A brutal crime was committed in 2001. Five Texas children were killed. Their mother, Andrea Yates, was charged with their murders. A second brutal crime was committed just this summer, in Houston: Yates was found “not guilty” of the crime “by reason of insanity.”
There is, of course, no question that Yates is a deeply disturbed (yes, sick) woman. Her children — Noah, 7; John, 5; Luke, 3; Paul, 2; and Mary, 6 months — are dead, believed to have been drowned one at a time.
She was originally convicted on charges related to their deaths, only to have the sentence overturned because of erroneous testimony. A retrial resulted in this new “not guilty” injustice.
During her trials, prosecutors said that Noah, whose body was found with internal and external bruising, scratches, and abrasions — lived the longest, having put up the biggest fight; his mother, according to testimony, had to chase him down and drag him to the bathtub where his siblings had just been drowned.
Prosecutors argued that, though ill, she knew right from wrong and what she was doing when she killed her kids one at a time. Her lawyers argued she knew what she was doing, but thought it was right — she was battling Satan, according to Yates, and her children would go to heaven if she killed them. It was all for the good, in her post-partum-depression mess of a head.
We certainly should feel empathy for the mentally ill. But what about the children who suffered at her hands — the ones now dead?
There’s something off about “justice” when a perpetrator of such an unspeakable evil can be declared, essentially, blameless. We should be worried what it means for us if we let the memory of those dead children get lost in a mess of headlines in a fast-moving world.
Instead, absent in our national consciousness — if media chatter is any indication — are the Yates children. When we read or hear of a “Yates,” it’s anyone but the murdered innocents. When the “not guilty” came in, Yates’s ex-husband (he since remarried), Rusty, was seen smiling. We’re apparently supposed to care about how he’s feeling and she’s feeling (if Matt Lauer’s questions are any indication).
The dead children’s father has probably been Andrea’s biggest public booster, though he’s certainly not alone in working to soften her image. Among those are feminists. Judith Warner, now a New York Times columnist, in her 2005 book Perfect Madness, called Yates “a supermom unhinged.” Groups have rushed to make her a poster girl. The National Organization of Women, no friend to children, rushed to establish the Andrea Pia Yates Support Coalition.
Feminists, though, are not alone. The cult of victimology has taken on Yates as one of its own. Her actions, by the way, also exposed “the dark side” of home-schooling, a CBS report told viewers.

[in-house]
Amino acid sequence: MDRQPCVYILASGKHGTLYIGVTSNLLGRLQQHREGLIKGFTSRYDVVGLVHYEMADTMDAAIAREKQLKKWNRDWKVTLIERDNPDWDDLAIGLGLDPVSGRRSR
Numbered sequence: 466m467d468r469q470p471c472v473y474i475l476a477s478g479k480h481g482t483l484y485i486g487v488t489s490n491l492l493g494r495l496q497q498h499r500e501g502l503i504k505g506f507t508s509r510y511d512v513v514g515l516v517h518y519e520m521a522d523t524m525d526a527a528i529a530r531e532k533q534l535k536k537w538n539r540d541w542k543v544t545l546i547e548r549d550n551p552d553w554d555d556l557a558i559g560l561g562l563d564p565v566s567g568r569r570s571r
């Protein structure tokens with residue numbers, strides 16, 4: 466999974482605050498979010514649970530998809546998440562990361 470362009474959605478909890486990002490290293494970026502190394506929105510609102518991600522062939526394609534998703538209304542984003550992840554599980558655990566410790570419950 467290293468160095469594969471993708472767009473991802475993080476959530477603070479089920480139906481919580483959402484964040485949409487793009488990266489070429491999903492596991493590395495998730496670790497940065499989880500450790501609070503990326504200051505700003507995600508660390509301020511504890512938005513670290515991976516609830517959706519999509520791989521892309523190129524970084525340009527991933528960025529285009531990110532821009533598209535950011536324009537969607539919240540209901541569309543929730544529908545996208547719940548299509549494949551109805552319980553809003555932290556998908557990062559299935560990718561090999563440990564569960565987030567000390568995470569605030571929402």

And why wouldn’t everyone want to get a piece of Andrea Yates? She’s everymom! As Rusty Yates said on verdict day, as he often does, “Andrea was ordinarily a loving mother, who was crippled by disease.”
Enough! — five times over.
That she was mentally ill was not breaking news the day the kids turned up dead. No stranger to psychiatric hospitalization, she had recently tried to take her own life. Why exactly was she home alone with the children to begin with? Does any logical person think that, with Andrea’s psychiatric history and recorded psychotic behavior, this wouldn’t eventually end poorly, whether it was for Andrea herself or her children?
As for her husband, is he kidding? Rather than refusing to place blame for murder where it’s due, and instead attacking prosecutors for prosecuting, he ought to be reflecting on what factors led up to this completely irredeemable tragedy. Instead, this parental disaster has become a national shame.
Wait, no it hasn’t. That’s the problem.
We’re told that Andrea and Rusty are “happy” about the verdict. It’s been five years since their five kids were murdered. They’ve moved on. Perhaps we should move on too?
In fact, when I blogged on this the day of the ruling, many of my readers told me to do just that. Stop writing about the insanity of the Yates insanity verdict.
No, no, no, no, no. That would be … insane.
The bond between a mother and child is humanity’s most fundamental. In a country where abortion, cloning — and other practices that make us less inclined to protect human life — are routine, a lack of focus on the real, unreturnable victims of the Yates murders only further compromises our obligations to protecting the most vulnerable among us. And, contrary to Mr. Yates’s contention, the only “tremendous victory” in Mrs. Yates’s verdict was one for a culture of death.
“The jury looked past what happened and looked at why it happened,” Rusty Yates said outside the Harris County courtroom after the “not guilty” word came in.
Rusty, please ask Noah, John, Luke, Paul, and Mary to look past what happened.
Oh, wait — you can’t.
No one can.
— Kathryn Jean Lopez is the editor of National Review Online.
Copyright 2006, Newspaper Enterprise Assn.